Foreign nationals and ambulances gather at Gaza's border on reports of gate opening

People enter the Rafah border crossing in the southern Gaza Strip before crossing into Egypt on Nov. 1, 2023.

Mohammed Abed/AFP via Getty Images

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Mohammed Abed/AFP via Getty Images

People enter the Rafah border crossing in the southern Gaza Strip before crossing into Egypt on Nov. 1, 2023.

Mohammed Abed/AFP via Getty Images

TEL AVIV, Israel — Foreign nationals gathered at Gaza’s border crossing with Egypt on Wednesday, as anticipation grew that the first group of people trapped inside Gaza since fighting broke out between Israel and Hamas would be allowed to leave.

On the other side of the Rafah crossing from Gaza into Egypt stood ambulances, waiting to evacuate critically injured people from the besieged territory, where Israeli airstrikes have killed thousands.

The Hamas-run border crossing authority announced early Wednesday that the Rafah border would be open for some foreign passport holders to exit Gaza. The authority published a list that appeared to include the names and passport information of nearly 500 foreigners, most of them citizens of eight countries or who are associated with NGOs. It is possible the list of 489 foreign nationals is not comprehensive and more people will be added.

The ragged border crossing that could become Gaza's lifeline

The Hamas Border Authority also said 81 “seriously injured” people would be taken to hospitals in Egypt for medical care. Live television footage of the crossing showed ambulances entering the terminal. There was no detail on nationality of those people immediately available.

Live TV footage on the Palestinian side of the border showed crowds of people, including children, gathered at the terminal separating Egypt from Gaza, many of them carrying suitcases and some with donkey-driven carts loaded with luggage.

With all of Israel’s borders with Gaza closed since Oct. 7, the day the militant group Hamas launched a brutal attack on Israeli towns, the only operational crossing into Gaza is Rafah, along the territory’s southern border with Egypt. Even that border has largely been closed; only aid trucks have been allowed through.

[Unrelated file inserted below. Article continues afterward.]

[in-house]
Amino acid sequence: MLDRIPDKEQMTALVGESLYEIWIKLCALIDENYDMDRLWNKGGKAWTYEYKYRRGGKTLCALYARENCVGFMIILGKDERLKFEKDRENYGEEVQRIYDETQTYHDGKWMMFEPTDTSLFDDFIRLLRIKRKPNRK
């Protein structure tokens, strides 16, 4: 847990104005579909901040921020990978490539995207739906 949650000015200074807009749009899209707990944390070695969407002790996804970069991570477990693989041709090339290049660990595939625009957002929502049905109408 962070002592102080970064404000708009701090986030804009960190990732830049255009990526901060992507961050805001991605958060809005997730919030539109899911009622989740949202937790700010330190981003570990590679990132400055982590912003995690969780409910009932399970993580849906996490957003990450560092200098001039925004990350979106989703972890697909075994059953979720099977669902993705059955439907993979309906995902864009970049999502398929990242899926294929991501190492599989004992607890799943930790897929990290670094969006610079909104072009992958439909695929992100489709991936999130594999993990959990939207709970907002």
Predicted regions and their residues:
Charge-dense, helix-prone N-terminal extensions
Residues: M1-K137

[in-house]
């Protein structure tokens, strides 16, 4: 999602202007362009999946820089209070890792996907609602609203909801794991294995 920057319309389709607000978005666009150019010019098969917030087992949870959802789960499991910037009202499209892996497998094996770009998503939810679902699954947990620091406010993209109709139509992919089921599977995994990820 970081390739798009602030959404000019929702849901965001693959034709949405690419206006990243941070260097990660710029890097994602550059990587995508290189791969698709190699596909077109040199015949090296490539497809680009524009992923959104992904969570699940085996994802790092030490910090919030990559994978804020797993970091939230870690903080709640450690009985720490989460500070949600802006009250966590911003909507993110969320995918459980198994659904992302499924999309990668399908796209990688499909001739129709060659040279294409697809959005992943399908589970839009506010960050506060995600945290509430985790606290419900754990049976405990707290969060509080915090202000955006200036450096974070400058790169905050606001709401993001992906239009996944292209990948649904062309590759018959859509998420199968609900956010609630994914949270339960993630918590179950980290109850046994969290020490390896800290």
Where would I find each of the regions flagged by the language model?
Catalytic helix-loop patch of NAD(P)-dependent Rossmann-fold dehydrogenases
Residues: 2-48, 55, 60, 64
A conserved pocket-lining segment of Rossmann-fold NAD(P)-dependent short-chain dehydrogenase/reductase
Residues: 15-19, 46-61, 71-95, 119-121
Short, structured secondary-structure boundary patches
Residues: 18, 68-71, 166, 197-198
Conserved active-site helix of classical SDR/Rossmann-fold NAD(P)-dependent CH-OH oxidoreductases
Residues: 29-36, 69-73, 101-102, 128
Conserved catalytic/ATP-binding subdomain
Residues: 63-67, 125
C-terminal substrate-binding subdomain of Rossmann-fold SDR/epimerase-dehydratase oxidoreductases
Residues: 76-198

Israeli airstrikes have killed more than 8,000 and injured 20,000 others, Palestinian officials say, and doctors at Gaza’s hospitals say they are overwhelmed. Hundreds of American citizens have been stranded in Gaza since the war began, along with thousands of other foreign passport holders.

On Tuesday, 59 trucks of aid entered Gaza — the largest number of trucks in one day since aid began crossing on Oct. 21. Israel continues to block the delivery of fuel. Dozens of additional trucks were expected to enter Gaza Wednesday.

In the West Bank city of Jenin, Israeli raids and strikes leave Palestinians wary

The activity at the border took place as internet and phone service in Gaza was out again Wednesday. The Palestinian telecommunications company Paltel attributed the outage to “international routes that were previously reconnected being disconnected again.”

The announcement followed a 34-hour communications blackout in Gaza over the weekend that coincided with the start of Israel’s “expanded” ground operations.

On Tuesday, Israeli airstrikes caused significant damage to a large refugee camp in Jabalia, just north of Gaza City. The Israeli military said it was targeting the area, which it says is a Hamas “stronghold,” including underground tunnels and a command center.

A precise number of casualties and injuries isn’t yet known; initial reports from the health ministry in Gaza said a large number of people were wounded or killed.

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